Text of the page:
Stressed? Tell the boss
Remember the old advert? "Tense, nervous headache?" These days those symptoms mean that you're probably a teacher - and it will need more than a well known brand of pain relief to solve the problem!
The trouble with stress is that people are very reluctant to admit that they are victims. They think that they must be weak or failing in some way - that it's just them. After all, everybody else can cope can't they?
Well no, they can't. In John Illingworth's survey of Nottingham teachers 80% of respondees indicated that they felt under pressure. Pressure is not the same as stress. The HSE define stress as the adverse reaction people have to pressure or other types of demand placed on them. However, when one in three teachers who responded to the survey admit that they have resorted to alcohol, smoking, other substances or unhealthy eating to help them cope with their jobs, there is clearly a large number of teachers suffering from genuine and serious stress. If you're one of them then there is nothing to be ashamed of.
The first (and probably the hardest) step is to admit to yourself that there is a problem. The second important thing is to tell your Headteacher or Principal. Employers have a duty to make sure that risks arising from work activity are properly controlled. This includes stress. If they have not been told that there is something wrong, then they could reasonably claim that they didn't know. This could then be used as a defence in the event of a compensation claim for what is, in effect, a work related injury.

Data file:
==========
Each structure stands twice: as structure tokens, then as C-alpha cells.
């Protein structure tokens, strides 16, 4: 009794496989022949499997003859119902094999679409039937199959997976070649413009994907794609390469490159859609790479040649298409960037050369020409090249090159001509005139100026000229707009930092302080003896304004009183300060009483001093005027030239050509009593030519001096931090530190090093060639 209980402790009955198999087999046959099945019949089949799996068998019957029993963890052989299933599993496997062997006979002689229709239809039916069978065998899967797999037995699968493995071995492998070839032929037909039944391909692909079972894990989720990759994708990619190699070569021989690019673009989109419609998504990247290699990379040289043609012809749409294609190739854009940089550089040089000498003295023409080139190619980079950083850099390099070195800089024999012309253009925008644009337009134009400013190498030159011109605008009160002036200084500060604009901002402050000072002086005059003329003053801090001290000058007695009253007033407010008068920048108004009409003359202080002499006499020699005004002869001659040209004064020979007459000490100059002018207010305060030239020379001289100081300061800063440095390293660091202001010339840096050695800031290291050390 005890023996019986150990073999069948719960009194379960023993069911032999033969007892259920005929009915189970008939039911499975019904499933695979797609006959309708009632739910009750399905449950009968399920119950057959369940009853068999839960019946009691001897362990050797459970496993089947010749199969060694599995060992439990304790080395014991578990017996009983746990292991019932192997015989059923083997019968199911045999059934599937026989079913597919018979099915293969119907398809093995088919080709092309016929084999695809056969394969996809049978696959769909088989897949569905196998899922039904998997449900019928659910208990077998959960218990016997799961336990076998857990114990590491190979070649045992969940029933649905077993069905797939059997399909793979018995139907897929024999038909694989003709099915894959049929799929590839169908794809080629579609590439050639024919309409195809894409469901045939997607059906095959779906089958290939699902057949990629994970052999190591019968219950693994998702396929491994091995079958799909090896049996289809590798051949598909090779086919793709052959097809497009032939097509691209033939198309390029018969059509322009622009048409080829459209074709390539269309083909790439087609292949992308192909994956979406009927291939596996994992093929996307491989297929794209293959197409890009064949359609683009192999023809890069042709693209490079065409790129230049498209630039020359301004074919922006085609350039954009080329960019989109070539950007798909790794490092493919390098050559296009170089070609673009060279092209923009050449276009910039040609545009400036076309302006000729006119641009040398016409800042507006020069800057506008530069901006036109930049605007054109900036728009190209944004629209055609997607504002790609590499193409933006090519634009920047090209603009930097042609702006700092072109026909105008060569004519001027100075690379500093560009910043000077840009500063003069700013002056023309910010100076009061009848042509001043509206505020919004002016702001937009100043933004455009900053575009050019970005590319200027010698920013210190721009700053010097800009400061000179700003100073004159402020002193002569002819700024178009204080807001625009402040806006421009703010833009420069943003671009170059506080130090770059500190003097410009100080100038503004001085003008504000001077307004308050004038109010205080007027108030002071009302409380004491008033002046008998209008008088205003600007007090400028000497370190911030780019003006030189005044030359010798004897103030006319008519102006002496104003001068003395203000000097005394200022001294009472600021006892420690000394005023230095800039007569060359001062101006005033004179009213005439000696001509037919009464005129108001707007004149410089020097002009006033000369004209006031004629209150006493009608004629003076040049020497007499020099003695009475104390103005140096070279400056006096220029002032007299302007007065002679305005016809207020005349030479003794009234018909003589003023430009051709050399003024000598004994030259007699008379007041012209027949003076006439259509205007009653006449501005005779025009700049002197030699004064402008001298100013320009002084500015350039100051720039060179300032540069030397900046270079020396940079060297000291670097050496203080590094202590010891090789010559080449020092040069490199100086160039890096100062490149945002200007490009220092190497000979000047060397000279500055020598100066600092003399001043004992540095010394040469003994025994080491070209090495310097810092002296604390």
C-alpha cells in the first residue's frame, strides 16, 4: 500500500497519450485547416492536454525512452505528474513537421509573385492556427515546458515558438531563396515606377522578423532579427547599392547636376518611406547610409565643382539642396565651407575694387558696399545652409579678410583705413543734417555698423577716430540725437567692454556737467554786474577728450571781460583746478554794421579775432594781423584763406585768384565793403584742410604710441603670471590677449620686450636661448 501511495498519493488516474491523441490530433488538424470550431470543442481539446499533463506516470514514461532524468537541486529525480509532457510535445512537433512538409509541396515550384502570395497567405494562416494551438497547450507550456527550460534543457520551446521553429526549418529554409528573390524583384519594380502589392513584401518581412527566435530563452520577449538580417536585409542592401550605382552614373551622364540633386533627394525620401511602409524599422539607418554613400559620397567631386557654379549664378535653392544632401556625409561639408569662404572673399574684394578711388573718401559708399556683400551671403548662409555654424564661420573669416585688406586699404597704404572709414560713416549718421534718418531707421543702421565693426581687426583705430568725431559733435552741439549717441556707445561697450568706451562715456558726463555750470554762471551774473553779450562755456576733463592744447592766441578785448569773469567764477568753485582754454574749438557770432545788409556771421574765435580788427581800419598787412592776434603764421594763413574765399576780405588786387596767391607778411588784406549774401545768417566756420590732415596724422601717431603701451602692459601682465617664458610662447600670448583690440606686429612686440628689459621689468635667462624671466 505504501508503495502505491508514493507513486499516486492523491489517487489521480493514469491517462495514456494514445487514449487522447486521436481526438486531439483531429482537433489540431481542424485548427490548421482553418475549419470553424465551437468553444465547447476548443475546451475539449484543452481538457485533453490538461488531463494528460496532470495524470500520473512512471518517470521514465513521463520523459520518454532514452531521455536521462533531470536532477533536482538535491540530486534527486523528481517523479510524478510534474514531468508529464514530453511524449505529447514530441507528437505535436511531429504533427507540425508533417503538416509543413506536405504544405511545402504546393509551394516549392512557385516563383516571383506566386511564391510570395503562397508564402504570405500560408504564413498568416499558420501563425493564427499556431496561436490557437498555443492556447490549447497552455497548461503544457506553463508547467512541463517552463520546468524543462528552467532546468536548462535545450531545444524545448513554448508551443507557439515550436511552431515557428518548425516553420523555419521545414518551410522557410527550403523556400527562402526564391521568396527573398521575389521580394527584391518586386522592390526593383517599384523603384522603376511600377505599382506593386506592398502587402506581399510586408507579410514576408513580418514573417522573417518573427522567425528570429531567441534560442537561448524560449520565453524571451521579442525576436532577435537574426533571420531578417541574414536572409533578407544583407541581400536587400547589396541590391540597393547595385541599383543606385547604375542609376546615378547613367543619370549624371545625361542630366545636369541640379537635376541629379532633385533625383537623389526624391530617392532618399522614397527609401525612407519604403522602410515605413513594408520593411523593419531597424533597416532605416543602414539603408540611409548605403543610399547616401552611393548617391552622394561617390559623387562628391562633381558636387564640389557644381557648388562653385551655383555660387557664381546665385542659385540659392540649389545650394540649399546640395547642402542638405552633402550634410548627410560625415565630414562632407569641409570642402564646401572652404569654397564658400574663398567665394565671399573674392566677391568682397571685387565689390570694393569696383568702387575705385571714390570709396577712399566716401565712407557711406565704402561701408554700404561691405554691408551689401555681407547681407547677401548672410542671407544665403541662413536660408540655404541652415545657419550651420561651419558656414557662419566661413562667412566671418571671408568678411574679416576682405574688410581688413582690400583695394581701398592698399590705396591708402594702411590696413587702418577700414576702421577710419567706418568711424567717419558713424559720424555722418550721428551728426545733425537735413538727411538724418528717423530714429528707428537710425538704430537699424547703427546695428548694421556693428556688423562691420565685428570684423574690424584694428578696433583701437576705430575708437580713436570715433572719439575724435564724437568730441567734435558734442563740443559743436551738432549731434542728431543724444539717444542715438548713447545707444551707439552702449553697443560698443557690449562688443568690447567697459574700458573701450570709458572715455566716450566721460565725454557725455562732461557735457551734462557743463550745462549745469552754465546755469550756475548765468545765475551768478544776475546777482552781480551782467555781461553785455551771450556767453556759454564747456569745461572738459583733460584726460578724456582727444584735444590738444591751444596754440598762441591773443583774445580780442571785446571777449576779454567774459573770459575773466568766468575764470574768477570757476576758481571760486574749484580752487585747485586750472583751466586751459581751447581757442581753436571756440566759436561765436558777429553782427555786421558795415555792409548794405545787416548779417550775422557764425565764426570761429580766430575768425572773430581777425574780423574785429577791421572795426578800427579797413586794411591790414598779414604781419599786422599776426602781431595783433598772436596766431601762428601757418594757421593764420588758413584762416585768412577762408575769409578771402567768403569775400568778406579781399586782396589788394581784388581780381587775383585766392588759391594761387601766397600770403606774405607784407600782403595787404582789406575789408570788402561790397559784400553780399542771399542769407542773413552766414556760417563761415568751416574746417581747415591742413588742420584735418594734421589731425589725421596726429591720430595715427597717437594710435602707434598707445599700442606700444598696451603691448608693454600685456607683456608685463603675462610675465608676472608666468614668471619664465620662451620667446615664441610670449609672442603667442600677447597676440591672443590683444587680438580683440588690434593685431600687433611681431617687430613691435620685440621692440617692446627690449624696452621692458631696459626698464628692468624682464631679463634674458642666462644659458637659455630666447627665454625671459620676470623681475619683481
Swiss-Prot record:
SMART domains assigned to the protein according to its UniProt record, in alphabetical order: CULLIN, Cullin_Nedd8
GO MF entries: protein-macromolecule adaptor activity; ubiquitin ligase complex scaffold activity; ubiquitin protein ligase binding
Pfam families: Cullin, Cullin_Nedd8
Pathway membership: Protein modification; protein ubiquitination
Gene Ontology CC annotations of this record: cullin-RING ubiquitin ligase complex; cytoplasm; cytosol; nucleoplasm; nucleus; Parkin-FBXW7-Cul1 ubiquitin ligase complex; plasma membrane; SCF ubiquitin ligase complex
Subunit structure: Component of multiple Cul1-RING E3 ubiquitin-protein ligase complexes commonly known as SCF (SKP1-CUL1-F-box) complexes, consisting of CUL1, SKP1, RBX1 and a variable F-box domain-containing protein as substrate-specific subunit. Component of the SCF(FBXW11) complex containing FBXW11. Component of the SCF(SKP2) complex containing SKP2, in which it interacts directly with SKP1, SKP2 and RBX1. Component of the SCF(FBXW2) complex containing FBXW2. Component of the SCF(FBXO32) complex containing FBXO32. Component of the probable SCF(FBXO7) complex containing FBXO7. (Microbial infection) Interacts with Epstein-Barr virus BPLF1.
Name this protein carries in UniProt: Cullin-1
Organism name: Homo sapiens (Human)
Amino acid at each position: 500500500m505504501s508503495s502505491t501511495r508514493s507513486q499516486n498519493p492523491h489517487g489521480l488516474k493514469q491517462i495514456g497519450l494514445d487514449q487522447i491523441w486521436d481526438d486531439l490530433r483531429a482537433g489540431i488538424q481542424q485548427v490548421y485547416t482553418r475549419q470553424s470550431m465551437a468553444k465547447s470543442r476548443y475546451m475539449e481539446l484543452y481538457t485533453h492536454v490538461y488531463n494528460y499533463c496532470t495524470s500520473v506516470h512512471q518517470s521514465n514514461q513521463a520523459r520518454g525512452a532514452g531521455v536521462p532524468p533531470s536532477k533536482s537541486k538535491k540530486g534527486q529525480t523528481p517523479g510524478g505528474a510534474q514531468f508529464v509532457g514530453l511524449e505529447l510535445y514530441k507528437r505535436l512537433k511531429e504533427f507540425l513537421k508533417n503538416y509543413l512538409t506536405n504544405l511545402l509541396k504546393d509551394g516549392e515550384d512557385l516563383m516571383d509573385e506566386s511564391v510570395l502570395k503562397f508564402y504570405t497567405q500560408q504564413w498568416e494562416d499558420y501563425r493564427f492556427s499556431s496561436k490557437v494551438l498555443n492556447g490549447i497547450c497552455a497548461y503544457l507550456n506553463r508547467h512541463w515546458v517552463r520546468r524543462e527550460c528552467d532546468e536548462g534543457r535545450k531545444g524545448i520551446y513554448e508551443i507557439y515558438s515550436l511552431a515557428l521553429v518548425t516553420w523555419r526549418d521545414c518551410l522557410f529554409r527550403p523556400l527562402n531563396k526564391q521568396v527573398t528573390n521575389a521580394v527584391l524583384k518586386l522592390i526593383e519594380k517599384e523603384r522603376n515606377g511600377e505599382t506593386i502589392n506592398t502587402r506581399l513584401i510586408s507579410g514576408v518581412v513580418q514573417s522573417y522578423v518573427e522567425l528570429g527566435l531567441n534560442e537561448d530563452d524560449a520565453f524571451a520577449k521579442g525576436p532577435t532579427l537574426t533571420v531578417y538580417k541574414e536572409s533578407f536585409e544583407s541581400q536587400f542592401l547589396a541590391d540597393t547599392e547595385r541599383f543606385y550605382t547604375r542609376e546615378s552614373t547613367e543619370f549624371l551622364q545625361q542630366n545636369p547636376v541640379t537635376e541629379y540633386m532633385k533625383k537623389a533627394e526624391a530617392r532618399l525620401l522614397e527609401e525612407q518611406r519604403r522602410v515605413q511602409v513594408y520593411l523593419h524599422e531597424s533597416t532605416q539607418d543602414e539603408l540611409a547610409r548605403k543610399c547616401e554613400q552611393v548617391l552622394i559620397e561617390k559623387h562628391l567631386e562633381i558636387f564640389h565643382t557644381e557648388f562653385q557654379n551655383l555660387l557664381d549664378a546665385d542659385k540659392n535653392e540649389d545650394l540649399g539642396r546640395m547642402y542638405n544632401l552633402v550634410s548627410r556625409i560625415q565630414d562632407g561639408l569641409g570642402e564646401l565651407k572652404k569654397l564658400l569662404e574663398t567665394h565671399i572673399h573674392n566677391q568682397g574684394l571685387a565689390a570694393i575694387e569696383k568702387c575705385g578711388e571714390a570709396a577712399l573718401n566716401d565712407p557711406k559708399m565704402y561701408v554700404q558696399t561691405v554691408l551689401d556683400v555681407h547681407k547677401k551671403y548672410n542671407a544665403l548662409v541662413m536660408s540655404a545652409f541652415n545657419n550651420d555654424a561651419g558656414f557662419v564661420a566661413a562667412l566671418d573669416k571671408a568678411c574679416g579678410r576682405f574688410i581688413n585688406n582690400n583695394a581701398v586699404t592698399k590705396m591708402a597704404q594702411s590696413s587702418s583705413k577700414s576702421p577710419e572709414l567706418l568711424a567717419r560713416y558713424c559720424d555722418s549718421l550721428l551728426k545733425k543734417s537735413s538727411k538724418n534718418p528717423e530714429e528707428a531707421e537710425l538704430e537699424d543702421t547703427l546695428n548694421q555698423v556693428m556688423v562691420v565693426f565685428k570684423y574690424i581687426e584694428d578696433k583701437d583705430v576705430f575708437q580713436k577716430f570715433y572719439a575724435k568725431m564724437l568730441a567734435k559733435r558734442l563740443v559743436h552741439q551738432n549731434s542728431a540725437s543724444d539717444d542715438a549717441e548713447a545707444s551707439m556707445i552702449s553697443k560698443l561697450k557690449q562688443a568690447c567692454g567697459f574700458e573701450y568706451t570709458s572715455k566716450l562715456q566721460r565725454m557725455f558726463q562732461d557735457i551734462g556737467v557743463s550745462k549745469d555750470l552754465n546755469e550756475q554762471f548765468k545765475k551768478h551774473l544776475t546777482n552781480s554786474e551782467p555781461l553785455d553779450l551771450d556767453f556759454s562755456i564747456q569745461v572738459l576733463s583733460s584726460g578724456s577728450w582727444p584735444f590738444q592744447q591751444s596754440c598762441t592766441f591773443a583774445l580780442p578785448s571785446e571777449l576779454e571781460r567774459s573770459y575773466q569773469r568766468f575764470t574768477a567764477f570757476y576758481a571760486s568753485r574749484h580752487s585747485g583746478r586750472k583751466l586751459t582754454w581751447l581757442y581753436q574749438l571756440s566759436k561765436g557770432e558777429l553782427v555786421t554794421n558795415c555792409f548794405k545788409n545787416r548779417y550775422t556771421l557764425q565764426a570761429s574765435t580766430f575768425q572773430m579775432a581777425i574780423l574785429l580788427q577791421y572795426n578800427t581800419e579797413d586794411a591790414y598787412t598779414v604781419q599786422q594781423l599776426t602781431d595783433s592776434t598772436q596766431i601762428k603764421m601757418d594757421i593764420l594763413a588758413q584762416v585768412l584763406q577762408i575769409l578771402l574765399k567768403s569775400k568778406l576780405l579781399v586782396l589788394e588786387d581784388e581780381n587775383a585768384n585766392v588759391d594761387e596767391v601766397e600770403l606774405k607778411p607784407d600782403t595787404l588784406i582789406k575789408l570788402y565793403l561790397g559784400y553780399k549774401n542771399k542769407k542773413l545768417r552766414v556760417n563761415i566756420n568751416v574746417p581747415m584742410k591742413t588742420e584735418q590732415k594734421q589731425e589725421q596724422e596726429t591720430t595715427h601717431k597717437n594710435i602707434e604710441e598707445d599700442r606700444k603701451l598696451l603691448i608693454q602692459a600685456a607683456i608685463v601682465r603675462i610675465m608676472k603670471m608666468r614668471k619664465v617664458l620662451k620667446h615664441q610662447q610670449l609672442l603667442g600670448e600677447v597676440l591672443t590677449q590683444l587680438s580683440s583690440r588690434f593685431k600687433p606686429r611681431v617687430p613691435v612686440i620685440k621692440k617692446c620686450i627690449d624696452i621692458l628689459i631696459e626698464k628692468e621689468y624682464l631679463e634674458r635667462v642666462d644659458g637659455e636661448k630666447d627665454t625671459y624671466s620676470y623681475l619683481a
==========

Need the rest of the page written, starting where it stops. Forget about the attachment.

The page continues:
Managers do have a duty to monitor stress levels and they should be aware of the effects that their policies and strategies are having on staff. If you feel that the issue of stress is being ignored at your establishment, it is important to ask your school or college Health and Safety Rep (or in their absence the NUT rep) to raise the matter. Your Safety Committee may wish to carry out the stress survey available free from the HSE website at www.hse.gov.uk/stress/index.htm.
For further advice on this, or any other health and safety issue, please contact Andy or the Union office.